• Embracing a formal
  • communication plan
  • Introducing employee
  • engagement culture

Work Program Education
Organizational Reorganization Clarity
Culture Integration
Employee Engagement Principles
Sustaining Culture
Guiding Coalition Development
Organizing Work
Guiding Coalition Development
Accountability Structure
Guiding Coalition
Change Management
Encouraging the Heart
Encouraging the Heart
Culture Driving Structures
Project Teams
Executives, Management Employees
Executives, Management Employees
Executives, Management employees
86
Communication Plan
  • Phase II - Implementation
  • Communication-Mobilization-Involvement-Performance
  • Taken from Kerr-McGee Corporation Oil Division
    Transformation

87
A Snapshot of the Plan
9.
Making It Happen And What We
Are Reaching For
1. Theme
8. Having Dialogue
2. Engaging One Another
7. Checking Ourselves Out
The Journey To Top Quartile
3. Further Engagement Staying Engaged
6. How We Begin To Talk
4. Informative Motivating
5. How We Talk With One Another
88
Theme The Journey to Top Quartile
  • Getting us ready for tomorrow
  • Using best practices in the industry
  • Building on our strengths, seeking business
    opportunities and cashing in
  • Recognizing its a moving bar
  • Getting some wins along the way
  • Earning those bragging rights

89
Engaging One Another
  • Action Statement
  • Keeping one another informed through an ongoing
    communication process that has meaning for all of
    us

90
Further Engagement
  • Objectives
  • Seeing the vision in a practical way that I
    understand
  • Crossing the lines to talk about change
  • Securing ownership through engagement and
    collaboration
  • Gaining support and commitment

91
Staying Engaged
  • Putting Life Into the Objectives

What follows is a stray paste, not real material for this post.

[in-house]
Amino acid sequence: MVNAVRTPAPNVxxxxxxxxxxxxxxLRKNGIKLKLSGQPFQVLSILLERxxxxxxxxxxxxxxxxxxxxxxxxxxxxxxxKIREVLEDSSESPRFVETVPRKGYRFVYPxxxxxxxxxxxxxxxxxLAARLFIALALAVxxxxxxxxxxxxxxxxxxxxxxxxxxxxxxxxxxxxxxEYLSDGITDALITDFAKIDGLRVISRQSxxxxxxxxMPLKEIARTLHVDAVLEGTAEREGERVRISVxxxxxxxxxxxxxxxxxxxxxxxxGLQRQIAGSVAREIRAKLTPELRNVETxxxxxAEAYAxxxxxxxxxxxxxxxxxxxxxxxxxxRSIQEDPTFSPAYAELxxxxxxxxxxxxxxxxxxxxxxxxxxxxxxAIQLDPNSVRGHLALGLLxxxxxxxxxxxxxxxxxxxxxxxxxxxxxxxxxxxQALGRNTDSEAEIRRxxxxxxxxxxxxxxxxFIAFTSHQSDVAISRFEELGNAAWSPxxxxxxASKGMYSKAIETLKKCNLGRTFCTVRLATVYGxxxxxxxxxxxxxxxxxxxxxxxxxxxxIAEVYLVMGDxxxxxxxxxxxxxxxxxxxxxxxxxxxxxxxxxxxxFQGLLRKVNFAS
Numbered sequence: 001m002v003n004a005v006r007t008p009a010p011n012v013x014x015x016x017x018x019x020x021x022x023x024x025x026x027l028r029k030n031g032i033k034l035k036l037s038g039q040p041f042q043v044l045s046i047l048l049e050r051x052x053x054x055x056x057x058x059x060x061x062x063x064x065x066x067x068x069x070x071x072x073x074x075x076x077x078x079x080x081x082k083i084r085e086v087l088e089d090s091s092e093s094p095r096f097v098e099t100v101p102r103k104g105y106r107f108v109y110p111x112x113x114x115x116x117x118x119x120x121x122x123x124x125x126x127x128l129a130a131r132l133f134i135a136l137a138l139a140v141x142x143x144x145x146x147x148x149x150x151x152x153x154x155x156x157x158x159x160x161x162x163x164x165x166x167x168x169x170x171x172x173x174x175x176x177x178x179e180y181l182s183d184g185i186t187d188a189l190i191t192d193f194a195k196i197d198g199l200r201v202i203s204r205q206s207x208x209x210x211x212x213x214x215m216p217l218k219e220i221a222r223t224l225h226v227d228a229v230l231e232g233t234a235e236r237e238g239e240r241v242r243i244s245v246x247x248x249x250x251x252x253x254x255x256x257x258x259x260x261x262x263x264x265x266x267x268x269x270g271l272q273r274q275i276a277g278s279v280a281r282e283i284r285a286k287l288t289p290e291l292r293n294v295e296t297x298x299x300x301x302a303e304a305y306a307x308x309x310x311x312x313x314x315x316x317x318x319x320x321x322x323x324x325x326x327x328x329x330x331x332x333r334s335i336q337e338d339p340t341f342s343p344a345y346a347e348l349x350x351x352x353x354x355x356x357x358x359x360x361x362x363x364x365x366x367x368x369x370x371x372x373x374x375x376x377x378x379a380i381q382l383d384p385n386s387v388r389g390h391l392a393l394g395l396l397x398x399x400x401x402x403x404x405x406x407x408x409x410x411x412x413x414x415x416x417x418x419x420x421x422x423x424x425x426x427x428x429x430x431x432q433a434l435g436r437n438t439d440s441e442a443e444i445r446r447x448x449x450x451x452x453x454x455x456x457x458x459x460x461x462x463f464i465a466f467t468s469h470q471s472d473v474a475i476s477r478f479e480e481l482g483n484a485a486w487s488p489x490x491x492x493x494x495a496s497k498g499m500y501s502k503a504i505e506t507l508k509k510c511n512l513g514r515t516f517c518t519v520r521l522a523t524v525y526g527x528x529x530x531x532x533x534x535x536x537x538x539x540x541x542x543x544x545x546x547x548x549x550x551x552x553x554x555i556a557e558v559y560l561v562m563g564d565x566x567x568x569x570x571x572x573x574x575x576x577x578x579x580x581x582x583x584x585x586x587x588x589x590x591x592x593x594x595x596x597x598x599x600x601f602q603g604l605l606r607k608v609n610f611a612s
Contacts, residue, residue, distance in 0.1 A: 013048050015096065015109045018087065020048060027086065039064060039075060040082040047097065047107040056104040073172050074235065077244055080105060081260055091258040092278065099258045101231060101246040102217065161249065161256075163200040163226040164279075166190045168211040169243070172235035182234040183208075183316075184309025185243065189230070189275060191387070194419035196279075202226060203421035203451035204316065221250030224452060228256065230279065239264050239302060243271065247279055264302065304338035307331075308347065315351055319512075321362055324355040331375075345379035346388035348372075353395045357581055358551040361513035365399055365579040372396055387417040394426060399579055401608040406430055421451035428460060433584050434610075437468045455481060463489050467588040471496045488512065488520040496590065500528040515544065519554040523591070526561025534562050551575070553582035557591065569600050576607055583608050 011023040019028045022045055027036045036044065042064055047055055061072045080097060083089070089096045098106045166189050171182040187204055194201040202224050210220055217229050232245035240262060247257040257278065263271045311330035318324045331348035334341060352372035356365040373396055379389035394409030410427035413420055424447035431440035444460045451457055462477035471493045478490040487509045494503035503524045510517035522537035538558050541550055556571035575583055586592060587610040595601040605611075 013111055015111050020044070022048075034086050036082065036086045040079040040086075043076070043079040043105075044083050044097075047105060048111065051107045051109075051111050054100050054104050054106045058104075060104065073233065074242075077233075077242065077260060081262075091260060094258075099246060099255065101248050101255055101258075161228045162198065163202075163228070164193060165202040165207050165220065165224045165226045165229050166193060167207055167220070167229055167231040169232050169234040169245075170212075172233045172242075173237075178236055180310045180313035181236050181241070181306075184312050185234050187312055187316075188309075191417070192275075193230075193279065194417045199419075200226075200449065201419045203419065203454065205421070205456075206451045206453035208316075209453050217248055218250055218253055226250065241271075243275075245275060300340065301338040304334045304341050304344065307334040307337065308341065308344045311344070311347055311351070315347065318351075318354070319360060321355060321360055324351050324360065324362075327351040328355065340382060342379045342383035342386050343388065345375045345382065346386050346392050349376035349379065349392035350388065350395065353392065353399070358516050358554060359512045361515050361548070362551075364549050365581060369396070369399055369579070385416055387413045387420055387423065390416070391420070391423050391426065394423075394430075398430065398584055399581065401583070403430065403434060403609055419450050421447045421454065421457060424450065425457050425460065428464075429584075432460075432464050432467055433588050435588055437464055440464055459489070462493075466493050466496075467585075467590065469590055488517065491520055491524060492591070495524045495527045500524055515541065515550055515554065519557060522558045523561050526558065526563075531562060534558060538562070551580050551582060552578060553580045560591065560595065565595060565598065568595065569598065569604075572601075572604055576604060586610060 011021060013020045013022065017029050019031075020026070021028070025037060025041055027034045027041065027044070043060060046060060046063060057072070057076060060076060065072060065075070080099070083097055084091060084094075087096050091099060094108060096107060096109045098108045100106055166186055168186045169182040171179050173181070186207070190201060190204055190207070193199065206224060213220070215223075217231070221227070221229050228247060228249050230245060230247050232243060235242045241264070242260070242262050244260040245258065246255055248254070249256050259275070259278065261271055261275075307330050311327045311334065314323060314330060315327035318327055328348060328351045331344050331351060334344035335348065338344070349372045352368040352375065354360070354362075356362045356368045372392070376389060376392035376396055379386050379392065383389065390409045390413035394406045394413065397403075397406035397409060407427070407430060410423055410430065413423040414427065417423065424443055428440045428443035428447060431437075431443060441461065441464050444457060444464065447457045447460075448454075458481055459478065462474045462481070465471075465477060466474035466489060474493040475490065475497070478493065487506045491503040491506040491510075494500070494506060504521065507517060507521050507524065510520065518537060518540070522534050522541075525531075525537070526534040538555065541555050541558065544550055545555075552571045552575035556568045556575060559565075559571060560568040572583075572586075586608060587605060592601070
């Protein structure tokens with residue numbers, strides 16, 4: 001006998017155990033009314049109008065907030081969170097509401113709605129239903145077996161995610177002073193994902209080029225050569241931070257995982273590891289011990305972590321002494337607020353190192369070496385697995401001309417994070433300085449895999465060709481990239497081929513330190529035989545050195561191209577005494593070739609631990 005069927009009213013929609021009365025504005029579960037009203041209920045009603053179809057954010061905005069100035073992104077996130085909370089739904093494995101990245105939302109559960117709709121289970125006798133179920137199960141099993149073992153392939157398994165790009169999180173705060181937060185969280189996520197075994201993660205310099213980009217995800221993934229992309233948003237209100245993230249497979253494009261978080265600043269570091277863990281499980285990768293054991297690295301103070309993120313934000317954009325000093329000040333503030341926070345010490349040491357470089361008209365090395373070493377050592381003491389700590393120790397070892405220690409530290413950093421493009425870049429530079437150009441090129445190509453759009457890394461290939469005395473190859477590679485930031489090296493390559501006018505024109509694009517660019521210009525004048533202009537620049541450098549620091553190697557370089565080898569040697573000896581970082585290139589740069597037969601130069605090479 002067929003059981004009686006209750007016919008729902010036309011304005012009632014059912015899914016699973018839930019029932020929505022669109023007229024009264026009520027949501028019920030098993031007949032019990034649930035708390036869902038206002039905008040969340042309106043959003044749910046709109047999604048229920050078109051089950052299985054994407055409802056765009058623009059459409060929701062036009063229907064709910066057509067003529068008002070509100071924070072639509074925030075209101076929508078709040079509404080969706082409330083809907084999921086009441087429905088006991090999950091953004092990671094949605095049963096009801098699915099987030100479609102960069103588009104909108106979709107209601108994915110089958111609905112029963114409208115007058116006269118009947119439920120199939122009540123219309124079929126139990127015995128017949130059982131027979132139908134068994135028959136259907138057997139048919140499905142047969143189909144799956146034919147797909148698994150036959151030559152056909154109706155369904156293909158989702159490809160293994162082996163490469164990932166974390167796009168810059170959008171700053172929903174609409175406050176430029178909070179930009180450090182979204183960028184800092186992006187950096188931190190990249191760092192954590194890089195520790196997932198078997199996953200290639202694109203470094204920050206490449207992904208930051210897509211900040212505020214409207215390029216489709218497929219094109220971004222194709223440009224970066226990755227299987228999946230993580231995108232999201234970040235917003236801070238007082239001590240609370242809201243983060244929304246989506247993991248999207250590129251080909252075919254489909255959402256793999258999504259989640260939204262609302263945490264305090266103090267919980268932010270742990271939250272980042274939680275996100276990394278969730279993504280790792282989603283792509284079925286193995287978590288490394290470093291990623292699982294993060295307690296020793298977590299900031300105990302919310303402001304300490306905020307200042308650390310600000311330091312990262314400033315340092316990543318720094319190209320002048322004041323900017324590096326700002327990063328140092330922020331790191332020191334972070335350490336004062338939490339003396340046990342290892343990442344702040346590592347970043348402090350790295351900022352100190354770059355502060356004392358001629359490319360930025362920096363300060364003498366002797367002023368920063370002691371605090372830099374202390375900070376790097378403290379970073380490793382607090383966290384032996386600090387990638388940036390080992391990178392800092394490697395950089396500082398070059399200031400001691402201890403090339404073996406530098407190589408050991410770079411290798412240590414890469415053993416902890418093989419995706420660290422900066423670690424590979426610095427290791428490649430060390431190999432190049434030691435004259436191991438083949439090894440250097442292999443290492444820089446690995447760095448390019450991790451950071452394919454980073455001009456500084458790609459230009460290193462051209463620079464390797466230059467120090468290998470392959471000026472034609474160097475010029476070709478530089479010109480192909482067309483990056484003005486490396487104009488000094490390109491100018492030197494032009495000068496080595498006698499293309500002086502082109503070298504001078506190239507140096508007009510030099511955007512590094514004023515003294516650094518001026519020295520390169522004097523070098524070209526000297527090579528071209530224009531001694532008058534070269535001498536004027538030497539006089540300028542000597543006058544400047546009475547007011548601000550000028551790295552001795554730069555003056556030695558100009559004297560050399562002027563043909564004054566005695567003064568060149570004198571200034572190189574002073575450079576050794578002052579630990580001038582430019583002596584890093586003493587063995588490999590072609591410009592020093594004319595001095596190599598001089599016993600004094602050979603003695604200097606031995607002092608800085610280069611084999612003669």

• What we have accomplished
  • Breaking it down - goals, objectives and what we
    can deliver
  • Getting understanding and buy-in by covering all
    the bases
  • Going after the new playing field (stretching)
  • Making change a partner

92
Informative Motivating
  • Placing the business case up-front
  • Walking the talk
  • Open, honest with two-way feedback
  • Communicating in different ways
  • Timely information that keeps people in the loop

93
How We Talk with One Another
  • Within OG
  • Across Kerr McGee
  • Leveraging knowledge and creative strengths
  • Identifying champions
  • In small and large groups
  • Networking fully

94
How We Begin To Talk
  • Newsletters/Articles
  • Chat Boards
  • Kick Off E-mail
  • Open House
  • Operations Center
  • Weekly E-mail
  • QA Bulletins
  • Glossary of Terms
  • Town Meetings
  • Training Sessions
  • Conference Calls
  • Videos
  • To Be Fairs
  • A Day with a Team
  • Celebration Events
  • Success Stories

95
Still Talking
  • Kick Off E-Mail - Transformation Statement
  • Open House - Operations Team Rooms
  • Weekly Updates E- Mail
  • Town Meetings - Journey To Top Quartile

96
Checklist for Success
  • Serious tone
  • Be realistic
  • Not overly optimistic,nor overly pessimistic
  • Predict probability of success
  • Not a pep rally or sales pitch
  • Avoid being argumentative
  • Acknowledge uncertainties where they exist
  • Explain how new business processes will be used
  • Emphasize that we are all in this together
  • Use workplace words

97
Having Dialogue How We Can Make It Easier
  • Focus Groups
  • E-mail Hot Line (Open door policy)
  • One-on-One
  • Voice Mail
  • Surveys
  • To Be Fairs
  • Town Meetings